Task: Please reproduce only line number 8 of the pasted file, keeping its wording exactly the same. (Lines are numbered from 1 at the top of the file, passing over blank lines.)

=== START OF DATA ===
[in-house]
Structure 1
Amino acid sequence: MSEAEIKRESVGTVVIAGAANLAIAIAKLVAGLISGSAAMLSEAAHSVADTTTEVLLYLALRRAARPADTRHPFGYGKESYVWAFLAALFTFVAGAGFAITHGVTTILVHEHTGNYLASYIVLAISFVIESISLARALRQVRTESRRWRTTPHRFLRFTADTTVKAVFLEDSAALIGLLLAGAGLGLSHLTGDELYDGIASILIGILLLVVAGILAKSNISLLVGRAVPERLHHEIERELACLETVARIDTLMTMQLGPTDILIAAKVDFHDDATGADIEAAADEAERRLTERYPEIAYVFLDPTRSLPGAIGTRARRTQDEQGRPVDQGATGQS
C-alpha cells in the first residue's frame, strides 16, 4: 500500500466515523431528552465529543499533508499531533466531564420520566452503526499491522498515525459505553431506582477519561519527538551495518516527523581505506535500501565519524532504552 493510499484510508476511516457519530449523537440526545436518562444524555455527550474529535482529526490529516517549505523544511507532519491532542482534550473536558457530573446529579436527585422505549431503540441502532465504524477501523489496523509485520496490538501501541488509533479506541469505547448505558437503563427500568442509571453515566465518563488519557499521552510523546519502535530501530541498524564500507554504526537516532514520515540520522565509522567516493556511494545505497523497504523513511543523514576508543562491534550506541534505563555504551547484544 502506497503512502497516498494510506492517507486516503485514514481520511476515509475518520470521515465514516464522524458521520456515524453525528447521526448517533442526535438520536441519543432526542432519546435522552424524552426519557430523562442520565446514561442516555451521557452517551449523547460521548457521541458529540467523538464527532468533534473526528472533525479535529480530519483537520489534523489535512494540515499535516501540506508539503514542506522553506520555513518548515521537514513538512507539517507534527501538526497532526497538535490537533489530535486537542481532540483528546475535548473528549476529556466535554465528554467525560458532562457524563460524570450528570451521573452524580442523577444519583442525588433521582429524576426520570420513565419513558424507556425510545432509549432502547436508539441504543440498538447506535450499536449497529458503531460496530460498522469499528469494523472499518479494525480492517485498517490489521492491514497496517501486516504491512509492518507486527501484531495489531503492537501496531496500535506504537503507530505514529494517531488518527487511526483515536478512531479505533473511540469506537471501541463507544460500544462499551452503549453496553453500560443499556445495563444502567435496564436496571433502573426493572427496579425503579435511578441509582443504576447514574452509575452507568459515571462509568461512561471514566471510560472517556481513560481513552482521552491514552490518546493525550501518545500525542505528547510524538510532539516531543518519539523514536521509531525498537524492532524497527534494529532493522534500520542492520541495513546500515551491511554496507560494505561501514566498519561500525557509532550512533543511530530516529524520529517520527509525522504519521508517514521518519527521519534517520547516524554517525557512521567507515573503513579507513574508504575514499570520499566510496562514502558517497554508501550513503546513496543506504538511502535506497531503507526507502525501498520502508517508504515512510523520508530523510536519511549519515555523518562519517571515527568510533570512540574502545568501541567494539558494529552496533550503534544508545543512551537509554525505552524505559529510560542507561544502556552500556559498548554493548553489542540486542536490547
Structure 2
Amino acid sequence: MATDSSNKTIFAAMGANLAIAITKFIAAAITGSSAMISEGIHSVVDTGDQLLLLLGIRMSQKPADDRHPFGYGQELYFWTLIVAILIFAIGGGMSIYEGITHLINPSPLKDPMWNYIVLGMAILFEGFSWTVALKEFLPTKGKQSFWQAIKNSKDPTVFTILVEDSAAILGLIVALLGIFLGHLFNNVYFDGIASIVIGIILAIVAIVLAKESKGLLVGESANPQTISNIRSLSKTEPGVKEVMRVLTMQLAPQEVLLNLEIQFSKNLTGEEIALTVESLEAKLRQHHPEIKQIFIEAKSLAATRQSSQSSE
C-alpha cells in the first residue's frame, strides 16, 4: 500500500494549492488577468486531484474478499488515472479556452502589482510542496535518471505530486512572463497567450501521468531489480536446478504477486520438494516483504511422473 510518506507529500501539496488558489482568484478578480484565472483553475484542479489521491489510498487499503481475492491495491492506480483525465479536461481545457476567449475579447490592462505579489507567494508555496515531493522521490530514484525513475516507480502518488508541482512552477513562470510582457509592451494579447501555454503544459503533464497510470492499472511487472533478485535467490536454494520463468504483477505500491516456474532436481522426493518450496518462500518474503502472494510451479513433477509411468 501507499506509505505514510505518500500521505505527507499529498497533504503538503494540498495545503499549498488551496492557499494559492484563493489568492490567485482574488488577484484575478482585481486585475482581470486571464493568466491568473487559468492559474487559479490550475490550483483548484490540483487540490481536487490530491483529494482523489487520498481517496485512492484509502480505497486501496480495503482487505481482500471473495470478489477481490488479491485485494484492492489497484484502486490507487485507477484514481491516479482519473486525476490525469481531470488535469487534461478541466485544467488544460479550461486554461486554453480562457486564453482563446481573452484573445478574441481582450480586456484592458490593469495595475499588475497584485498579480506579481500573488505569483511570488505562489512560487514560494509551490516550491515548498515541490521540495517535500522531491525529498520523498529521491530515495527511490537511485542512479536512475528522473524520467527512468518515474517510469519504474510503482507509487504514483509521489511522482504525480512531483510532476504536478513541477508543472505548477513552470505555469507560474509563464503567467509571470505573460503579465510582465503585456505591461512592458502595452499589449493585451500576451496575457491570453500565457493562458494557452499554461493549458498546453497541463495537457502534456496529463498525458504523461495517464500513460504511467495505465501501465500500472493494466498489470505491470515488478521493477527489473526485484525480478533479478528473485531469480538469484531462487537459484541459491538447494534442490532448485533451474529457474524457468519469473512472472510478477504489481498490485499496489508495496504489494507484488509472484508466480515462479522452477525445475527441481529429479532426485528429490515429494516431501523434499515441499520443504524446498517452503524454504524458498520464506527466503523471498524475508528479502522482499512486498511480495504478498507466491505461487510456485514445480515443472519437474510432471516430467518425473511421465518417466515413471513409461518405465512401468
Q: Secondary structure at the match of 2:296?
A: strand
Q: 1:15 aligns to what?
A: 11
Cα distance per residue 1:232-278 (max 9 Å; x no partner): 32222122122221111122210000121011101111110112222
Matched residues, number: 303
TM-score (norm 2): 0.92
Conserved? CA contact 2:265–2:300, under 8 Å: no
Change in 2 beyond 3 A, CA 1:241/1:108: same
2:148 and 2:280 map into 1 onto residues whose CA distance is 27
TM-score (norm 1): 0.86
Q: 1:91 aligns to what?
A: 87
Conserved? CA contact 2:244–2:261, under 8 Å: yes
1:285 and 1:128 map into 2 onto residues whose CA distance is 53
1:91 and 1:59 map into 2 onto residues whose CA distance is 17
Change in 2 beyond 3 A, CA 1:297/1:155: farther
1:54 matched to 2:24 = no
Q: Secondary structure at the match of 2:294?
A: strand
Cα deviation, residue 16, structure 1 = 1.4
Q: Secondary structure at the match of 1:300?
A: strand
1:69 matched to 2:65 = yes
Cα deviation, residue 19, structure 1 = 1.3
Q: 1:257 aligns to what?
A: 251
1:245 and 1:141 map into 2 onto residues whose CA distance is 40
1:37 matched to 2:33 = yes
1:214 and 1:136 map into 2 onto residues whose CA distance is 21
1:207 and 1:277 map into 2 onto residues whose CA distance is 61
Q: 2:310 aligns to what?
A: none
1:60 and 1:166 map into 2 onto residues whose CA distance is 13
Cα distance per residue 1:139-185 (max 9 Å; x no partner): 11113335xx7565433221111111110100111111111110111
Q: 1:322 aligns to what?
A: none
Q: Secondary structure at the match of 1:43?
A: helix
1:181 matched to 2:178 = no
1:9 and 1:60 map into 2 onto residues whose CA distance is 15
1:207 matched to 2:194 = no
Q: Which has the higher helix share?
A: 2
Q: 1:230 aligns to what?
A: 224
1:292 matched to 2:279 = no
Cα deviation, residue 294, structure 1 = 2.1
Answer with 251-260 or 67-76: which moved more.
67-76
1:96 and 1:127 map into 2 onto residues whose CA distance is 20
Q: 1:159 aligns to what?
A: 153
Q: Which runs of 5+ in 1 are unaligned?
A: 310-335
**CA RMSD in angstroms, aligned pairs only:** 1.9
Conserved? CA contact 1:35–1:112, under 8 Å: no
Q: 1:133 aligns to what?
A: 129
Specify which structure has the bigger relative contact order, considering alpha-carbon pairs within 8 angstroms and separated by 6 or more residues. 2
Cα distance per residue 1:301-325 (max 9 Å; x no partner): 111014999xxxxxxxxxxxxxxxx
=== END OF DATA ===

Q: Secondary structure at the match of 2:296?